Being at home at school!

It was Jonny’s first day! The building was scary, full of rooms and corridors, the big locks on the doors with special security key pads seemed very futuristic. He looked out at the perimeter fences, they seemed so high! However Jonny was determined not to feel down, after all in his brand new grey and blue uniform he’d fit in perfectly.

The first person to speak to Jonny was Miss Jones, she went though a whole host of procedures and rules, Jonny felt a little mixed up. Life at home wasn’t like this he thought. It would take a bit of getting used to.

To begin with, in preparation for lunch time Miss Jones showed Jonny and his new friends a poster on the wall with a timetable, for when it was their turn to be fed. She showed them some strange plastic little trays that had little indentations on them so, in one fell swoop a drink, main meal and desert could be carried all at once!

If Jonny needed the toilet he was shown a little hook by the door, on the hook were passes, Miss Jones explained that if he wanted to use the lavatory, he would first need to ask and then take a ‘pass’.

Miss Jones then moved on to protocol for outside activities, she explained that when the whistle went Jonny must ‘freeze’ and await the next instruction, which was usually to line up in alphabetical order, quietly of course. Miss Jones also reminded Jonny and his new friends that they must address the staff as Sir/Mr/Mrs or Miss. Finally she explained that Jonny would only be allowed out of the room when she said.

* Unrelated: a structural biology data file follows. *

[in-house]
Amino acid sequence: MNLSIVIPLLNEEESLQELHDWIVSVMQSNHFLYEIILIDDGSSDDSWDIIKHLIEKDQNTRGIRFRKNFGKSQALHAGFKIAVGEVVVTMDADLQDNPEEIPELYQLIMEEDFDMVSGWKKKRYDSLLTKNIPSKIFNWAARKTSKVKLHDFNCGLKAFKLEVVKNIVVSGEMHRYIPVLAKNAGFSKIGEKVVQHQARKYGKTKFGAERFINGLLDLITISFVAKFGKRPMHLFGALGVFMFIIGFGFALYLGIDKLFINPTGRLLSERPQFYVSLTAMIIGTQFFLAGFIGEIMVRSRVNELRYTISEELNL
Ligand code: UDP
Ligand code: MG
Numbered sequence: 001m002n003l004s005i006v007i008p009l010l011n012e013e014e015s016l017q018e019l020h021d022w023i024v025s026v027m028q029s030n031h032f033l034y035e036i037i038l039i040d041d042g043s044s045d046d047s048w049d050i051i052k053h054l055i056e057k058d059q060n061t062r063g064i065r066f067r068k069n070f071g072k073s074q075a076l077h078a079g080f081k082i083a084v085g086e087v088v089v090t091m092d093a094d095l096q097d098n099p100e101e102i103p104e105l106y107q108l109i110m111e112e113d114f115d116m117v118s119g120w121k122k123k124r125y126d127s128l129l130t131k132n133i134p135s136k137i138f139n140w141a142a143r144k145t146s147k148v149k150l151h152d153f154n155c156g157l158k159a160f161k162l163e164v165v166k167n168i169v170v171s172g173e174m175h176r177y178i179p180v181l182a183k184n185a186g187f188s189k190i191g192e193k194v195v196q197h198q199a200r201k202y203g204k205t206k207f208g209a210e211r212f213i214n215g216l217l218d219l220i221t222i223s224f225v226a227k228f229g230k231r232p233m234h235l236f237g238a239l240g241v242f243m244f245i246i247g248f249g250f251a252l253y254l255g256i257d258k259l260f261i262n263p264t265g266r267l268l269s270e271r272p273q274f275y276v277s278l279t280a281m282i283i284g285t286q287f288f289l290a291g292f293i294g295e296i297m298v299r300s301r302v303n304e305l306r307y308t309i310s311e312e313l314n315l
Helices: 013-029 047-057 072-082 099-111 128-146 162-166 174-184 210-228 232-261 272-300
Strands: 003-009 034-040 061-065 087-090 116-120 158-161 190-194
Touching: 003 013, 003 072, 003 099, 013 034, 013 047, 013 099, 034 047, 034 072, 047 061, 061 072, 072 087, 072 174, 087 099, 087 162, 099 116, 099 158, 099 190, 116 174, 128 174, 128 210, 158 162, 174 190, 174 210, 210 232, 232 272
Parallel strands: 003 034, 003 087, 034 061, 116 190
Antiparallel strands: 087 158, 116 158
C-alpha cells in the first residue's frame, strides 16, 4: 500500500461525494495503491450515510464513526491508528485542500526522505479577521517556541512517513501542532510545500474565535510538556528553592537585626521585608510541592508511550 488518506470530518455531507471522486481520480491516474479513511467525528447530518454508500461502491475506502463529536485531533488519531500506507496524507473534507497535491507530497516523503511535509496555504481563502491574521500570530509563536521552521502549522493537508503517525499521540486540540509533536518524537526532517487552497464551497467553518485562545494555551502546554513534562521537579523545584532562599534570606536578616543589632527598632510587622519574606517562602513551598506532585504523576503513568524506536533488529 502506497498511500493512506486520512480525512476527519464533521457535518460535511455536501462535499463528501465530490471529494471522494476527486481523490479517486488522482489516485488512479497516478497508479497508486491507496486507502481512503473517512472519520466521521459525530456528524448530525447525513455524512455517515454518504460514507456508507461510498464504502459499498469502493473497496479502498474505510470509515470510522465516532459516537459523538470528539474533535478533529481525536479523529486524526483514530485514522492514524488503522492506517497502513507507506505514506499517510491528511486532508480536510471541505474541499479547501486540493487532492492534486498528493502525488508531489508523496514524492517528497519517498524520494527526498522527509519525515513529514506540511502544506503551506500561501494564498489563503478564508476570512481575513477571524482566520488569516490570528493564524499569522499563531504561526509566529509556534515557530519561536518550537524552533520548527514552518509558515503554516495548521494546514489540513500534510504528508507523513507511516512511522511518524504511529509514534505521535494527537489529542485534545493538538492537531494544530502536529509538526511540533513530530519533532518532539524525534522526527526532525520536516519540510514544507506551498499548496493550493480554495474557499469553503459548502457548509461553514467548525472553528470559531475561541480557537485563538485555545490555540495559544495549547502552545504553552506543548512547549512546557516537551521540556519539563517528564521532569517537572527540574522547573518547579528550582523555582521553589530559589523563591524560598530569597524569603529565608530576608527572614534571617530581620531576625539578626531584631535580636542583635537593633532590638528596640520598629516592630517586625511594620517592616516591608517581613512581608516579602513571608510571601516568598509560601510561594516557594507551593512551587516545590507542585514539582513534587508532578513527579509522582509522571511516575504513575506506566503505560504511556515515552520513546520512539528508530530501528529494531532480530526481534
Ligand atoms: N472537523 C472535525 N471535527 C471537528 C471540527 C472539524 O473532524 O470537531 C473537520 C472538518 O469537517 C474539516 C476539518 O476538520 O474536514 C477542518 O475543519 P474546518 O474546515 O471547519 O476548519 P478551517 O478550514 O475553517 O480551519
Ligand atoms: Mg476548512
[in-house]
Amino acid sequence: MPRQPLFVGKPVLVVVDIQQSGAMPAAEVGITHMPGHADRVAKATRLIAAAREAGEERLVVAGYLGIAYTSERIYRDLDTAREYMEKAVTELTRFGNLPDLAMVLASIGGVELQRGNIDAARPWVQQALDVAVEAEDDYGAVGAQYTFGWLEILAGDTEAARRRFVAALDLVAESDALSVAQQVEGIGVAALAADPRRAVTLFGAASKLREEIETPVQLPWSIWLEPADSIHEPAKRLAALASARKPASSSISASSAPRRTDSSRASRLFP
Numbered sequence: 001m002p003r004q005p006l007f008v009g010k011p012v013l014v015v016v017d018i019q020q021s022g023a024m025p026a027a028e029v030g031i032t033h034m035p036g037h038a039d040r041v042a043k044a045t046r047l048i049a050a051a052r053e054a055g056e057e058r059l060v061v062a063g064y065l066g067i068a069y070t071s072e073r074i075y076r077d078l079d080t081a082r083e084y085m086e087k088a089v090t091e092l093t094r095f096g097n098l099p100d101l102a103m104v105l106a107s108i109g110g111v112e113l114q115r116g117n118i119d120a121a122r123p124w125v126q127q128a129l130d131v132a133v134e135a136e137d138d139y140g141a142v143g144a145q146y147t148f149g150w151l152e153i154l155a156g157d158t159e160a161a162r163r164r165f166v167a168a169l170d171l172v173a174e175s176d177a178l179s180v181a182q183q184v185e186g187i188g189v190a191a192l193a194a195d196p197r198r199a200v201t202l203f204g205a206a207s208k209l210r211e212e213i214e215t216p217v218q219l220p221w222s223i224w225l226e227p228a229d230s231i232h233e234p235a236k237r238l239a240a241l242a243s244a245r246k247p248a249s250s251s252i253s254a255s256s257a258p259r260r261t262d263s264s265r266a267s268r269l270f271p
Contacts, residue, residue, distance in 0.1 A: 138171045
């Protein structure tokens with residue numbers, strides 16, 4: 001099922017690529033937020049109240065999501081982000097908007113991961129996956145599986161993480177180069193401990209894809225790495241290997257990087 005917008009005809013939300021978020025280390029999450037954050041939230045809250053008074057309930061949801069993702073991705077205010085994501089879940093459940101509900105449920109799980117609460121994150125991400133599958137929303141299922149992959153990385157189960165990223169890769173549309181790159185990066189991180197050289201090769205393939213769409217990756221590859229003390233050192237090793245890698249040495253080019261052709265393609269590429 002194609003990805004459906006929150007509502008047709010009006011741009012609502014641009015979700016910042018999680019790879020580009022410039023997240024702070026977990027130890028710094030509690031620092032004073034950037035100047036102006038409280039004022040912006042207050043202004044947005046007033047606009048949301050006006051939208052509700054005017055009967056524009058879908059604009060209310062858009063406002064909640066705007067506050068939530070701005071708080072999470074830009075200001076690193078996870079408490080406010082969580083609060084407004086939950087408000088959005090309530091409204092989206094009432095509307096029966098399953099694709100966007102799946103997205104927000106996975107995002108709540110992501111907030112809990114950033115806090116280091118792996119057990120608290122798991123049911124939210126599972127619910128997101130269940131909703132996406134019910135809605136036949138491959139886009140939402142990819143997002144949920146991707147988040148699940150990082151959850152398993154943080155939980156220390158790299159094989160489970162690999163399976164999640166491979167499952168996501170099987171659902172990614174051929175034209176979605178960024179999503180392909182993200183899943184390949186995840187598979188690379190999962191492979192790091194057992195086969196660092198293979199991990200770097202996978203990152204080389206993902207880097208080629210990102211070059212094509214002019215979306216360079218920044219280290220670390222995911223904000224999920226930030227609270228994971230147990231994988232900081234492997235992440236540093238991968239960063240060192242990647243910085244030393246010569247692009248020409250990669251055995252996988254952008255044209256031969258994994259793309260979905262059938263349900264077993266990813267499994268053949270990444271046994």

Jonny was so confused, all these rules, procedures, new people and places, his head was spinning. However there was one ounce of relief, he was just pleased with his decision to plead guilty to armed robbery in court; at least he would only spend four years in his new home rather than the customary seven or eight.

Having experience of both prison (in an educational capacity) and schools, the similarities between the two don’t sit comfortably with us.

Schools are not an institutions, (some would argue that prisons shouldn’t be either). The difference between school and wider society is too wide. Of course procedures are different when groups of people converge in one place, however, employing systems and processes simply because it’s always been that ways is not a good enough reason to keep them!